Restricted Interests and Repetitive Behaviors Behavior As a Distinguishing Feature of Autism Spectrum Disorder (ASD) in Nonverbal Children
Differentiating ASD from other developmental disorders can be particularly difficult among nonverbal patients (NV).
To explore diagnostic accuracy and autism symptom profiles of nonverbal children with ASD (ASD-NV) in a large autism registry.
Fifty-five ASD-NV children ages 6-17 years were recruited from a large, voluntary ASD registry. Participants had a confirmatory score >=12 on the Social Communication Questionnaire (SCQ)-Lifetime. Nonverbal status was determined by a “no” response to the SCQ-Lifetime question: “Is she/he now able to talk using short phrases or sentences?” Participation was limited to one of four US geographic regions so participants could receive an in-person ASD assessment and cognitive testing. Parents completed online questionnaires -- Social Responsiveness Scale (SRS); Adaptive Behavior Assessment System-Second Edition (ABAS-II); Repetitive Behavior Scale, Revised (RBS-R) -- and produced evidence their child had received a community ASD diagnosis. Parents asked a teacher to complete an SRS on their child. Data were compared via ANOVA and post-hoc tests with ratings of 108 verbal ASD (ASD-V) children enrolled in a university-based ASD research program at one of the sites. ASD-V children were split into higher-functioning (ASD-V-HighSoc; n = 75) and lower-functioning (ASD-V-LowSoc; n = 33) based on Vineland-II Adaptive Behavior Scale Socialization Domain score of >=70 and <70, respectively.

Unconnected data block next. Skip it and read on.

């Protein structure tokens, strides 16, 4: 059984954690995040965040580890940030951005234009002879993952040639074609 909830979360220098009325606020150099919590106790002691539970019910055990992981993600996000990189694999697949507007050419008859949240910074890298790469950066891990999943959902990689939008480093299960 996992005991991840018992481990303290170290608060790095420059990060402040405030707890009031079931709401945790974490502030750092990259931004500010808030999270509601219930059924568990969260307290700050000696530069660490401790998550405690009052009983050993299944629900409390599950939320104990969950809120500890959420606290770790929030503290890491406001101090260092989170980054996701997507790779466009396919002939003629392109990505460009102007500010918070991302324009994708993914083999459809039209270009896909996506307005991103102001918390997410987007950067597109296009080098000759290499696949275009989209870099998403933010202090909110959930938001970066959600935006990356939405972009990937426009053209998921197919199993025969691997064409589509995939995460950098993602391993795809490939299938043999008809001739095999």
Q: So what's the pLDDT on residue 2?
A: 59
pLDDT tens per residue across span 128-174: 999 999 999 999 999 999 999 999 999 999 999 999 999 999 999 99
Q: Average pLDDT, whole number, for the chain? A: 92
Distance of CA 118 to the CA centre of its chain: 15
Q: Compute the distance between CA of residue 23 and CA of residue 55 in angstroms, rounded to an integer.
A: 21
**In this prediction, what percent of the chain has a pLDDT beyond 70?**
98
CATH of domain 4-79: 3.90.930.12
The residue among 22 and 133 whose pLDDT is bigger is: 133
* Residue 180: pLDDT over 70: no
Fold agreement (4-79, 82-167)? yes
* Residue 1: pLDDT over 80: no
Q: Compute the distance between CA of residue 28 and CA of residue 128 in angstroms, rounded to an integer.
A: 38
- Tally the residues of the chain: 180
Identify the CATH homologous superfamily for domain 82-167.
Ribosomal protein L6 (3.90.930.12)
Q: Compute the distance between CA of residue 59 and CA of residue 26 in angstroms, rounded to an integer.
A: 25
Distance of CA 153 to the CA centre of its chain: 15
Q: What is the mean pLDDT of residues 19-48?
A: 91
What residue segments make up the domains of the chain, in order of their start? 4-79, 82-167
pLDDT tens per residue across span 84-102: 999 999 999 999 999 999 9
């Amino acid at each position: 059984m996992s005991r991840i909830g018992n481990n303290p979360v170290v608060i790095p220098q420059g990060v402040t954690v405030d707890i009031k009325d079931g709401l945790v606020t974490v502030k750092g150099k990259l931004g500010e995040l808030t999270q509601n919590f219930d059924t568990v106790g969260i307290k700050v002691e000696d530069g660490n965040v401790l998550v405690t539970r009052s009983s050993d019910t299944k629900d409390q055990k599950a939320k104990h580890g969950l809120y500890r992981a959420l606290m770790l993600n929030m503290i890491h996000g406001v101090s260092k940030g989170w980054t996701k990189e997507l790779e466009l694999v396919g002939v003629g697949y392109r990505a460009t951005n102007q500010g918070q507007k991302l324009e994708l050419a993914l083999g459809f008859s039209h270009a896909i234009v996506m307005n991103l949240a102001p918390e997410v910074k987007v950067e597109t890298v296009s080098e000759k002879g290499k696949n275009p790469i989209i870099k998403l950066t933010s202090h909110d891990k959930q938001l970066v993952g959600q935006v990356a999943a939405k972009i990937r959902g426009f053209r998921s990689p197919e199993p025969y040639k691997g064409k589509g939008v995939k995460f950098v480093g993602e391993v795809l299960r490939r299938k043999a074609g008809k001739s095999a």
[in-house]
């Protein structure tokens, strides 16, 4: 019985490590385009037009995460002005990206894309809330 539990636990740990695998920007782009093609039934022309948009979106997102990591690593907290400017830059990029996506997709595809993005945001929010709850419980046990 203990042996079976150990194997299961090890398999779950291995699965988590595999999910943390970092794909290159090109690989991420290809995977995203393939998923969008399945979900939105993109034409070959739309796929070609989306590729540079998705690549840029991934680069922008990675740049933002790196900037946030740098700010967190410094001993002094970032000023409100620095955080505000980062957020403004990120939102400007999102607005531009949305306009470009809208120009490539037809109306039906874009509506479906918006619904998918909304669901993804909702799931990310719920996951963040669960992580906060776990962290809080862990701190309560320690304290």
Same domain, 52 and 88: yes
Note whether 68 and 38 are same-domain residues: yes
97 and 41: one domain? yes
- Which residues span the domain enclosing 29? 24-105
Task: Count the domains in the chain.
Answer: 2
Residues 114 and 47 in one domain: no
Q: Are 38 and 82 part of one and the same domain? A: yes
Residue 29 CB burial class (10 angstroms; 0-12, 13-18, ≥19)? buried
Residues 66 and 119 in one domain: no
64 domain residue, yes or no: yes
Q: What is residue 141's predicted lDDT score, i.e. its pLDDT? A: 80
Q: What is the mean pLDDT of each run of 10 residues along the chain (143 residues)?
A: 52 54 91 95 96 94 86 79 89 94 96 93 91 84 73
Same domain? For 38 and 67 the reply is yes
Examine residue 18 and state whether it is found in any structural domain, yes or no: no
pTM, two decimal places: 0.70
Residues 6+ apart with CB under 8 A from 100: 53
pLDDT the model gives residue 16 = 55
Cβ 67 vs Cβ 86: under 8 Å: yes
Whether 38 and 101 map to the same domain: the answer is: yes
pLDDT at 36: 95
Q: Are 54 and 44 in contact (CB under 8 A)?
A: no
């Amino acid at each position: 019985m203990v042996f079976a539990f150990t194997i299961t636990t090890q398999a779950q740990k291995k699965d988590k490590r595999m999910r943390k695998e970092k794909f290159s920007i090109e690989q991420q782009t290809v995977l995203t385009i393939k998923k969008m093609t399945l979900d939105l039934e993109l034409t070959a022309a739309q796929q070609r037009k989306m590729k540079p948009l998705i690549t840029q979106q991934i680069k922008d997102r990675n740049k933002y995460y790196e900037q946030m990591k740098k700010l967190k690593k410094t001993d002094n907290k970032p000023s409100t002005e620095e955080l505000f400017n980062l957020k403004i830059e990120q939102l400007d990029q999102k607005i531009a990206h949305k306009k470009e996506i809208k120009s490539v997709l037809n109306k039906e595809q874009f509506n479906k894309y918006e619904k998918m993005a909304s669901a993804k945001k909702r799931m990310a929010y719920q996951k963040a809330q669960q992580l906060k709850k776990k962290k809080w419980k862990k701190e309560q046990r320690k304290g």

All 55 ASD-NV children were judged by clinicians to meet criteria for ASD (CI95: 0.935-1.00), and all met ASD cut-offs on both the ADI-R and the ADOS. All exhibited low adaptive functioning at the floor of the ABAS-II, and cognitive functioning was either untestable or at the floor of the selected test(s).
RBS-R: The RBS-R was scored according to the Lam/Aman five-factor solution and scores compared across the three groups controlling for age and sex. There were no statistically significant differences across the three groups for “Ritualistic/Sameness Behavior” and “Restricted Interests.” There were no statistically significant differences across ASD-NV and ASD-V-LowSoc for “Self-Injurious Behavior” and “Compulsive Behavior”; however, both lower-functioning groups more prone to such behaviors than the ASD-V-HighSoc group [F(4,156)=7.086, p<.000 and F(4,156)=4.392, p<.002, respectively]. “Stereotypic Behavior” presented a unique pattern whereby there were statistically significant differences between each group [F(4,156)=21.205, p<.000], with increased presentation of stereotypies corresponding with lower functioning [ASD-NV=11.8(4.88) >ASD-V-LowSoc=7.3(5.12)>ASD-V-HighSoc=5.2(3.99)].
Composite indices of Restricted Interests and Repetitive Behavior (RRB): There were no statistically significant differences across groups for ADI-R Repetitive Behavior. SRS-Teacher Report RRB T-Scores (higher is more severe) were inversely related to level of functioning [F(3, 132)=24.810, p<.000; ASD-NV=90.1.8(12.25) >ASD-V-LowSoc=81.6(17.08)>ASD-V-HighSoc=71.4(12.79)]. SRS-Parent Report RRB T-Scores were comparable for ASD-NV and ASD-V-LowSoc, and both higher than ASD-V-HighSoc [F(3, 157)=11.242, p<.000; ASD-NV=84.2 (10.6) <>ASD-V-LowSoc=87.1 (10.47)>ASD-V-HighSoc=76.8 (11.29)].
See Table 1.
ASD-NV children with community diagnoses of ASD met formal diagnostic criteria for ASD and share Restricted Interests/Repetitive Behavior characteristics with ASD-V children, with severity of such characteristics – both composite and at the factor-level – either comparable or greater than those of ASD-V children. Further research may be valuable in determining whether such Restricted Interests/Repetitive Behavior characteristics may be useful in distinguishing ASD-NV children from NV children with other development disorders.
See more of: Sensory, Motor, and Repetitive Behaviors and Interests